Ronan cites a cricket field in Kitchener, Ont. “It’s a bit of a pain to get to, and players wanted a very specific height of cut maintained every other day,” he said. The City of Kitchener purchased one of these new generation robotic mowers — and Ronan says it works brilliantly.

“The quality of the cut is very good. What I’m seeing is that they are very dependable and don’t require much maintenance,” says Ronan. “Yes, you do need to sharpen the blades, but the big thing it saves you on, is the manpower.”

Speaking of low maintenance, these mowers can be tracked live via phone or computer — and today's units will send an error message your way if it experiences a breakdown or malfunction. The machines can even be programmed to drive right onto their charging unit at the end of the day. “We see people building little ‘dog houses’ for them,” says Ronan. If anyone tries to pick one up, it shrieks like a banshee (and even intrepid thieves will find they can only be operated with a PIN).

Right now Ronan suspects most of the early adopters are municipalities and landscapers servicing more remote properties where the terrain is predictable, but he believes greater adoption will grow quickly now that technology is living up to its promise.

More mowing, less environmental impact

Uljua also mentions that daily or almost daily mowing has been demonstrated to eliminate or reduce the need for overwatering and fertilizing — great news for our waterways and for those wishing to leave a lighter footprint. Studies from University of Kentucky and University of Georgia have demonstrated that by constantly trimming grass a little bit at a time, the lawn becomes healthier — and the small pieces of cut grass decompose quickly, putting nutrients right back into the soil. In the same studies it was determined that these mowers resulted in about 35 percent less water used to keep a beautiful lawn, depending on where you are in North America, said Uljua.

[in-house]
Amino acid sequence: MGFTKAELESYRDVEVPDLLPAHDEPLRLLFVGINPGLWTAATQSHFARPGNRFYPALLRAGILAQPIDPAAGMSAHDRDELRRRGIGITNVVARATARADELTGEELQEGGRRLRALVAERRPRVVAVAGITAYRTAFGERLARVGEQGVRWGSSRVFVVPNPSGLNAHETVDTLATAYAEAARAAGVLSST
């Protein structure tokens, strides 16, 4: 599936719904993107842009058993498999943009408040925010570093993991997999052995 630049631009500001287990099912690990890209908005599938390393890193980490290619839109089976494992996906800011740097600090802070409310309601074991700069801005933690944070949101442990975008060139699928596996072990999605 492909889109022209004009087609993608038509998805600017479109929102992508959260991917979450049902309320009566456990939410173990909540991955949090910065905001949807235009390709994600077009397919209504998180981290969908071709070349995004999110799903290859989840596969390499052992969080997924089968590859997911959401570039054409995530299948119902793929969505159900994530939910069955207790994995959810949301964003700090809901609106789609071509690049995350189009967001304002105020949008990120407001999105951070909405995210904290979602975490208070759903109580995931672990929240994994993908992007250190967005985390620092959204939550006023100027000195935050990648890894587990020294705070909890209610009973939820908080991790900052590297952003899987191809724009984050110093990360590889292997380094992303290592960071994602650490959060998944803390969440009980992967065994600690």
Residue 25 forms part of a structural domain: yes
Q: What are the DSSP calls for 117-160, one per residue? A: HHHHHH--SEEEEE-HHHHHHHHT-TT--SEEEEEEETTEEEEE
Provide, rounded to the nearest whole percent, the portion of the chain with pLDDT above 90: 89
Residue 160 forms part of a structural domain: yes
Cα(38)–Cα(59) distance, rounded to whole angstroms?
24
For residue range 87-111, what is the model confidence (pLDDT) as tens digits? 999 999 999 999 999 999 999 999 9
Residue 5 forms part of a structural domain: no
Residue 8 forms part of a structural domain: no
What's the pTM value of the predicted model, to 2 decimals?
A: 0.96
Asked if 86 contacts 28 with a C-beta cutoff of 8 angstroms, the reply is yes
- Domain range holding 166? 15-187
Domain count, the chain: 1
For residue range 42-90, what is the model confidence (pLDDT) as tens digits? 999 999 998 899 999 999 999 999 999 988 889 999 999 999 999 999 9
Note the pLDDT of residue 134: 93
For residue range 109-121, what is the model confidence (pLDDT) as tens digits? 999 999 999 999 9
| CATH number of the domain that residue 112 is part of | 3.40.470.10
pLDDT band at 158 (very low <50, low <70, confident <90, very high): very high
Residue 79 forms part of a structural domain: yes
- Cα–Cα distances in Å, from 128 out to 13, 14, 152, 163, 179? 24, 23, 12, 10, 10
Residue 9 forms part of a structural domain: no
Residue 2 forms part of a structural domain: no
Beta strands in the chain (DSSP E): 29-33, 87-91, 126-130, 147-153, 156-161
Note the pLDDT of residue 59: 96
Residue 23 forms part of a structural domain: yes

This is obviously great news for those managing very large or remote sites, but what about landscape crews serving smaller commercial or residential sites?

Ronan says there is still some resistance in this market. After all, why would a consumer continue to pay a crew if the mower will do the work “for free”? He says there’s also a potential downside for unionized companies, which have to disclose use of robotics and demonstrate that they are not taking away existing jobs.

“The reality, though, is that I have not heard of a single example of this yet,” said Ronan. “Municipalities and companies are so short-staffed they are far more likely to be trying to hire people than trying to fire them.”

Uljua is seeing a similar story on the trade show floor. “Now, landscapers are lining up to ask questions,” he said. “They understand that the robots are not going to trim hedges, they’re not gonna fertilize, they're not gonna do the edging and the blowing and all the other work that needs to be done,” he said. “They can cut checkerboards, stripes going north, stripes going sound, stripes going left or right, but they just mow grass.”

And for those of us hoping for a little robot help in other sectors, Uljua is already excited about what might be coming next — from larger mowers to snow ploughs. “Affordable RTK has opened up the floodgates,” he said. “I'm glad I've been in business long enough to see both ends of the spectrum — and I really do love going to shows more, now that people see the positives.”